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Questions About Lectins

Lectin-Scrubbing with Deflect


QUESTION

I have difficulty losing weight and was interested in perhaps taking Deflect to "scrub" my body clean of all those nasty lectins adhering to my insulin receptor sites (they are probably all wheat lectins). Anyway, I read your article on Deflect, describing how it contains sacrificial carbohydrates to which lectins attach. My question is this....how do you know that a lectin happily sitting on a fat cell's insulin receptor site will want to move to a sacrificial carbohydrate? Why would it prefer the sacrificial carbohydrate over my fat cell?


ANSWER

To understand the answer to this question we should understand the nature of lectin binding. Lectins bind to carbohydrates reversibly or irreversibly. This is dependant on the shape characteristics of both the sugar that they are specific for and nature of the amino acid residues to which the sugar is linked to the cells wall. Small changes in the structure of the sites, such as the substitution of only one or two amino acids, also result in marked changes in specificity and avidity (the degree, or force of the attraction). Thus, although the sugar is the point of specificity, the amino acid 'stalk' determines much of the particular binding characteristics. (1) Some evidence also indicates that coordination with metal ions may occasionally play a role too.

The sugar is linked to the lectin mainly through charge attraction via covalent (electron sharing) bonds. The individual electron within these clouds of electrons are always moving.

Sometimes the one area of the cloud is more dense than another. This leads to the formation of a transient dipole within the molecule. The transient dipole can induce a dipole in an nearby molecule, by attracting its electrons. The attraction between the two oppositely oriented dipoles is termed a van der Walls interaction. In essence, van der Walls forces tend to 'push' the molecules towards each other, while shape conformity tends to 'pull' them towards each other.

Thus the attraction between lectins and carbohydrates is determined by both shape and charge.

One factor which influences agglutination is the zeta potential which surrounds the negatively-charged surface of the cell. Almost all particles in contact with a liquid acquire an electronic charge on their surfaces. Because of the large amount of sialic acids on the cell membrane the zeta potential is a bit more neutral compared to the charge on particles in suspension which are a bit more negatively charged. Most lectins are very highly positively charged.(3) Thus two amino sugars of similar shape can have two different levels of lectin avidity due to differences in their relative charge.

If we add to this slight structural differences in the amino acid residues between carbohydrates embedded in the cell membrane matrix and free carbohydrate in suspension, we get the force difference necessary to overcome the rather weak covalent bonds and van der Walls forces.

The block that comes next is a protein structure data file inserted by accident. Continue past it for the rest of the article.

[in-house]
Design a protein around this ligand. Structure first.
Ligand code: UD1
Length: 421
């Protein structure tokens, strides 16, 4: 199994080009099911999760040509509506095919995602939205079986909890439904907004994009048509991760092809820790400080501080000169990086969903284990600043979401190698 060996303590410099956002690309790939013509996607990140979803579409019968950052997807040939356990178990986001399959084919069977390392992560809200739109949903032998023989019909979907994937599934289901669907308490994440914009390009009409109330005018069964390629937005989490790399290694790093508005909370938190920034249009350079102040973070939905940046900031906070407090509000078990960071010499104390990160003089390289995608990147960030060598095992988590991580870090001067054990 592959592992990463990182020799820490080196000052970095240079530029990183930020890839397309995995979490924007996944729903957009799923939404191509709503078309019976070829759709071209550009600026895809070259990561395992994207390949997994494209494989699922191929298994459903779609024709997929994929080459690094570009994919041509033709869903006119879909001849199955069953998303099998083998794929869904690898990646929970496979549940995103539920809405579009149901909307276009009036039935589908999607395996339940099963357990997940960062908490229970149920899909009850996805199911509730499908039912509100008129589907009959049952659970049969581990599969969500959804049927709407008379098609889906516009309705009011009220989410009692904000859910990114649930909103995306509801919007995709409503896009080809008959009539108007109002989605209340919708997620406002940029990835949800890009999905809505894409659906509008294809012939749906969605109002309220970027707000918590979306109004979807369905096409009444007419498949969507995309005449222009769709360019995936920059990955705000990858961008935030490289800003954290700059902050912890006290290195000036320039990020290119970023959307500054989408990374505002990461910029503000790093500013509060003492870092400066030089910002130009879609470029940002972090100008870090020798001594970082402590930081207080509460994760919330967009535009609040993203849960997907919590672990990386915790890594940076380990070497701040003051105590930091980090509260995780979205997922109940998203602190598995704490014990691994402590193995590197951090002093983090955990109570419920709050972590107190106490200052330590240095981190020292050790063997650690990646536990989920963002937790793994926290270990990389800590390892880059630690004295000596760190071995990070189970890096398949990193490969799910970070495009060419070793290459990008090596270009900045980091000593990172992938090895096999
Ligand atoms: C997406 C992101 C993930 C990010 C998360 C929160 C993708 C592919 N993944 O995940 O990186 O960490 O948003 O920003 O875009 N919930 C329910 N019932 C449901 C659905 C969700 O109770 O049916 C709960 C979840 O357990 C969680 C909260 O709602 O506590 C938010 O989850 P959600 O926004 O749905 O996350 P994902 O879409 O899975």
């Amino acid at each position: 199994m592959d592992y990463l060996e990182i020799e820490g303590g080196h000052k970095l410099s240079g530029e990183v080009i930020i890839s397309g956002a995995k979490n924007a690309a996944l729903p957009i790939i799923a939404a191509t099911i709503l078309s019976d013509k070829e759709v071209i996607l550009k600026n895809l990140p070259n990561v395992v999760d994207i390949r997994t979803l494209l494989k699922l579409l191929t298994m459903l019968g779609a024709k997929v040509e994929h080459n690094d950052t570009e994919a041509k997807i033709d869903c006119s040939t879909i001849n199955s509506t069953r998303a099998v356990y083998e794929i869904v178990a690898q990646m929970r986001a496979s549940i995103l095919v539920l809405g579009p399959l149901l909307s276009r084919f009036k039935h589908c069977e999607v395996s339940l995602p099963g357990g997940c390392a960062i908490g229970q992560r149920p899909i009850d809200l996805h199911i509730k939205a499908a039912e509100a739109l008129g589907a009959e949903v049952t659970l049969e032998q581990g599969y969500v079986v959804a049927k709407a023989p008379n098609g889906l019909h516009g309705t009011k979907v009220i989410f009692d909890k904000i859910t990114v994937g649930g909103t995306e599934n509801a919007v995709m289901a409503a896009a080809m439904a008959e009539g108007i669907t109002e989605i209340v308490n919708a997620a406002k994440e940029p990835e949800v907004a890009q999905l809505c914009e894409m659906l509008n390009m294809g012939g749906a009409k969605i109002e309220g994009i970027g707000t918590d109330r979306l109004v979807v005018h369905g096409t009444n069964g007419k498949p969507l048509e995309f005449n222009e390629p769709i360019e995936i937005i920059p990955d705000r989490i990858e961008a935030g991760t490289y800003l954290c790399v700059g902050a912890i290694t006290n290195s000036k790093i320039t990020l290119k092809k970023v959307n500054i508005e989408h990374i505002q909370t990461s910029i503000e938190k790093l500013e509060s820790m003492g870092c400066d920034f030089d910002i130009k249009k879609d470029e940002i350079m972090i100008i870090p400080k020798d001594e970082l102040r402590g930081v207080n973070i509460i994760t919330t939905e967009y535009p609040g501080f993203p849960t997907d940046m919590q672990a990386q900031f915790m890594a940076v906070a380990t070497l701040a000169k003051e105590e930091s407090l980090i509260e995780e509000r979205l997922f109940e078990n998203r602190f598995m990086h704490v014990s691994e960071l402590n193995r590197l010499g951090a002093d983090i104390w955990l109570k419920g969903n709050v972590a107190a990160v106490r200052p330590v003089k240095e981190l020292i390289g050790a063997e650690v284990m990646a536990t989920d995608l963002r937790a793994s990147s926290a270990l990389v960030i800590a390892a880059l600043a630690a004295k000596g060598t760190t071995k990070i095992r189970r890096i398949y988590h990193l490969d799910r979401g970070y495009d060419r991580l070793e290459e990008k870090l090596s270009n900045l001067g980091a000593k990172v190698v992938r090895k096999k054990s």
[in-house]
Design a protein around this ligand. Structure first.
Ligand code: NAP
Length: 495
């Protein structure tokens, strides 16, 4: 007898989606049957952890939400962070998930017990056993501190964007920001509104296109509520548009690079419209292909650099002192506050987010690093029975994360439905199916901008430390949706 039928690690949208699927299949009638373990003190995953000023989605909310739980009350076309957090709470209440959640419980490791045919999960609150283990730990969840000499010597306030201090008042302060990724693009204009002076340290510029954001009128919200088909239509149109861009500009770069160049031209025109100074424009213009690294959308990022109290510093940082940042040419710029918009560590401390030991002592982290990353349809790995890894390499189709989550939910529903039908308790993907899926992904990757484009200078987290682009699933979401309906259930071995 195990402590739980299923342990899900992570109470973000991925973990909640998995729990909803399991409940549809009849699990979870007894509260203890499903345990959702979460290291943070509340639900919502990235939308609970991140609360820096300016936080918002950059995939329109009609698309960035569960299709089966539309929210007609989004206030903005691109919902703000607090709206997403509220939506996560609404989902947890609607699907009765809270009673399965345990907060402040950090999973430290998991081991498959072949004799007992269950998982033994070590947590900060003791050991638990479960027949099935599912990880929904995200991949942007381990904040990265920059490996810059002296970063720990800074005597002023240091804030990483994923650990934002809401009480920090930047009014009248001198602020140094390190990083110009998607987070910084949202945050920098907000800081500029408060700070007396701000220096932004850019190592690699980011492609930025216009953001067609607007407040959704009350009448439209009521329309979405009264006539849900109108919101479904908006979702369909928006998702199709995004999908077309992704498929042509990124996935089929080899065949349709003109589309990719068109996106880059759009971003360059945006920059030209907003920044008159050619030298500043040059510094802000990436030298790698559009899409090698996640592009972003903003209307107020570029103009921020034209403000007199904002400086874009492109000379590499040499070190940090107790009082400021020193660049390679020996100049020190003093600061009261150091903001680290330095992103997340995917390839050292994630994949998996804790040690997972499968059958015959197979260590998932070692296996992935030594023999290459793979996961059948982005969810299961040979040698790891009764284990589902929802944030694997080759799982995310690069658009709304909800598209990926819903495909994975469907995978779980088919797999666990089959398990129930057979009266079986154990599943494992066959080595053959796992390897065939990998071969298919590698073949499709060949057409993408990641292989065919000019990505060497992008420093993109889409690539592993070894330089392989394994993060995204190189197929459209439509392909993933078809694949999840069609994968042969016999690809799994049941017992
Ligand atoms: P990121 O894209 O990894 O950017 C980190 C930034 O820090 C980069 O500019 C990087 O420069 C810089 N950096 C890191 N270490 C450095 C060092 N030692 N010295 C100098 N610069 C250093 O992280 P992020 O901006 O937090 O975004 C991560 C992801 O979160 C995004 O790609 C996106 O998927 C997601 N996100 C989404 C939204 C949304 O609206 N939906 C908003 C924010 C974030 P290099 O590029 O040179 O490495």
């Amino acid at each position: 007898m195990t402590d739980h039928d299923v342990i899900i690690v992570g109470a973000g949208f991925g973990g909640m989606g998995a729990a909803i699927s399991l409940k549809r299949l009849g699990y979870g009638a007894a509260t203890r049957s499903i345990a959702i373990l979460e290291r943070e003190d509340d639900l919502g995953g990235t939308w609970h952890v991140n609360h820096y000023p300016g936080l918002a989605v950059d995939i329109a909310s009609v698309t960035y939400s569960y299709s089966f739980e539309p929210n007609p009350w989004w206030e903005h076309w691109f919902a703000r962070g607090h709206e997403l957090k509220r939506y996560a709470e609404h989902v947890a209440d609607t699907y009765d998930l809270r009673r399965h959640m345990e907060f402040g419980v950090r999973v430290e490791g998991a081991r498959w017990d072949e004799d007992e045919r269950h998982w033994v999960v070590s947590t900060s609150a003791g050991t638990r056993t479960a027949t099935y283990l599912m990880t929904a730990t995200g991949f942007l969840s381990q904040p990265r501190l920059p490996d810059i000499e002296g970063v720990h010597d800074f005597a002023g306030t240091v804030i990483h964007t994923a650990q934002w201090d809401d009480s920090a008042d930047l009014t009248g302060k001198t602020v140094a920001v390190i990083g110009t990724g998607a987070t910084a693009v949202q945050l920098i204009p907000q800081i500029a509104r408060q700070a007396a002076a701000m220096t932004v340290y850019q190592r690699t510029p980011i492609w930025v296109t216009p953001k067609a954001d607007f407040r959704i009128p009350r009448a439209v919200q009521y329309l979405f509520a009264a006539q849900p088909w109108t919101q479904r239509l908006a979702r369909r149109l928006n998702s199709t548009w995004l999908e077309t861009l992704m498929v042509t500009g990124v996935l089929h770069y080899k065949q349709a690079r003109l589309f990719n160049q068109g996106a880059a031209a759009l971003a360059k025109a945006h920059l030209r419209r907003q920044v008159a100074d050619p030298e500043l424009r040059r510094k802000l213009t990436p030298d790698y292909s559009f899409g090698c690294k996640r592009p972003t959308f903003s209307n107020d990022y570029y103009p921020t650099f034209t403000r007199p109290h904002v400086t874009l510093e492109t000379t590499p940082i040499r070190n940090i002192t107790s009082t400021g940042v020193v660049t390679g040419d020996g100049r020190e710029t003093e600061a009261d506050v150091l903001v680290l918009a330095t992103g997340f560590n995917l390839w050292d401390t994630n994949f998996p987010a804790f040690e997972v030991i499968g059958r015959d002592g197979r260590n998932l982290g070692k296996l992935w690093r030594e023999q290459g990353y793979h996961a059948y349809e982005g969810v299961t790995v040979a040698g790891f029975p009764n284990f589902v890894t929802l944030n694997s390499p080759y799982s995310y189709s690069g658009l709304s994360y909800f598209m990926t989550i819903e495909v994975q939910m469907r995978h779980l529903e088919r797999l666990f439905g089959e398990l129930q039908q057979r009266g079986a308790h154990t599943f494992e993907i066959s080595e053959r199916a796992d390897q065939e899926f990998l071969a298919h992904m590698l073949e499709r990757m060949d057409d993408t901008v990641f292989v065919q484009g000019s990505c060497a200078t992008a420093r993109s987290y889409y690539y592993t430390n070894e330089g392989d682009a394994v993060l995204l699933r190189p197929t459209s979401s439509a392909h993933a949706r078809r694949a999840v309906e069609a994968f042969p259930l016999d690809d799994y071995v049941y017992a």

Just how 'hot' is this concept? Here's a summary from a just-published article:

"It is thus justified to compare crucial carbohydrate epitopes with the postal code ensuring correct mail routing and delivery. In view of the functional relevance of lectins the design of high-affinity reagents to occupy their carbohydrate recognition domains offers the perspective for an attractive source of new drugs. Their applications can be supposed to encompass the use as cell-type-selective determinant for targeted drug delivery and as blocking devices in anti-adhesion therapy during infections and inflammatory disease." (2)

Although completely unrelated, two other reasons amino sugars can be of use in weight management therapies:

1. They bind dietary fat. (4)

2. They increase production of the 'anti-fat' hormone, leptin (5) Leptin* acts on receptors in the hypothalamus of the brain where it inhibits food intake counteracts the effects of neuropeptide Y (a potent feeding stimulant secreted by cells in the gut and in the hypothalamus).

1. Sharon N, Lis H. Related Articles Lectins--proteins with a sweet tooth: functions in cell recognition. Essays Biochem. 1995;30:59-75. Review.

2. Rudiger H, Siebert HC, Solis D, Jimenez-Barbero J, Romero A, von der Lieth CW, Diaz-Marino T, Gabius HJ. Medicinal chemistry based on the sugar code: fundamentals of lectinology and experimental strategies with lectins as targets. Curr Med Chem. 2000 Apr;7(4):389-416. Review.

3. Monsigny M, Roche AC, Sene C, Maget-Dana R, Delmotte F. Sugar-lectin interactions: how does wheat-germ agglutinin bind sialoglycoconjugates? Eur J Biochem 1980 Feb;104(1):147-53

4. Han LK, Kimura Y, Okuda H. Reduction in fat storage during chitin-chitosan treatment in mice fed a high-fat diet.Int J Obes Relat Metab Disord 1999 Feb;23(2):174-9

5. McClain DA, Alexander T, Cooksey RC, Considine RV. Hexosamines stimulate leptin production in transgenic mice. Endocrinology 2000 Jun;141(6):1999-2002

* Not lectin!




The Ask Dr. D'Adamo internet advice column ran from 1996 to 2009, at which time Dr. D'Adamo's teaching and programming responsibilities no longer allowed him to devote time and resources to directly answering visitor questions. However we've recently reorganized this treasure-trove of material and made it again available to his readership. He occasionally posts new entries. These are marked with a NEW tag.



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